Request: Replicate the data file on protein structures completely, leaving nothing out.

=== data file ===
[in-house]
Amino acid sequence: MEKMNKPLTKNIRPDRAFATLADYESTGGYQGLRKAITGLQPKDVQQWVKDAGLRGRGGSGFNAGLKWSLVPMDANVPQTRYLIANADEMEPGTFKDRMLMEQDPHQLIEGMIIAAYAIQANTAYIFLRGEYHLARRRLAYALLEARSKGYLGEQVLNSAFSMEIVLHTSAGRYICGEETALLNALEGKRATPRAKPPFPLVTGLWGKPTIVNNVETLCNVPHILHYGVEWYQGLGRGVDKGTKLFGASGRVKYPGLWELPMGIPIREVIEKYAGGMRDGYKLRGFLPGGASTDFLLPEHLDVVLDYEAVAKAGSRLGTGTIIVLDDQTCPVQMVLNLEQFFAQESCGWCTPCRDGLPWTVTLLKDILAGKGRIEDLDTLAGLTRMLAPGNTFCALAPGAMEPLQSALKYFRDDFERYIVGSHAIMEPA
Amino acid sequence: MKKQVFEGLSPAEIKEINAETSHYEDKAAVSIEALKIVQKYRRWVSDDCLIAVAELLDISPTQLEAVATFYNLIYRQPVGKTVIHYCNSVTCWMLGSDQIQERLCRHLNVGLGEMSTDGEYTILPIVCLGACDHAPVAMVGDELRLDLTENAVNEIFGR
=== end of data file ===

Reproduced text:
[in-house]
Amino acid sequence: MEKMNKPLTKNIRPDRAFATLADYESTGGYQGLRKAITGLQPKDVQQWVKDAGLRGRGGSGFNAGLKWSLVPMDANVPQTRYLIANADEMEPGTFKDRMLMEQDPHQLIEGMIIAAYAIQANTAYIFLRGEYHLARRRLAYALLEARSKGYLGEQVLNSAFSMEIVLHTSAGRYICGEETALLNALEGKRATPRAKPPFPLVTGLWGKPTIVNNVETLCNVPHILHYGVEWYQGLGRGVDKGTKLFGASGRVKYPGLWELPMGIPIREVIEKYAGGMRDGYKLRGFLPGGASTDFLLPEHLDVVLDYEAVAKAGSRLGTGTIIVLDDQTCPVQMVLNLEQFFAQESCGWCTPCRDGLPWTVTLLKDILAGKGRIEDLDTLAGLTRMLAPGNTFCALAPGAMEPLQSALKYFRDDFERYIVGSHAIMEPA
Amino acid sequence: MKKQVFEGLSPAEIKEINAETSHYEDKAAVSIEALKIVQKYRRWVSDDCLIAVAELLDISPTQLEAVATFYNLIYRQPVGKTVIHYCNSVTCWMLGSDQIQERLCRHLNVGLGEMSTDGEYTILPIVCLGACDHAPVAMVGDELRLDLTENAVNEIFGR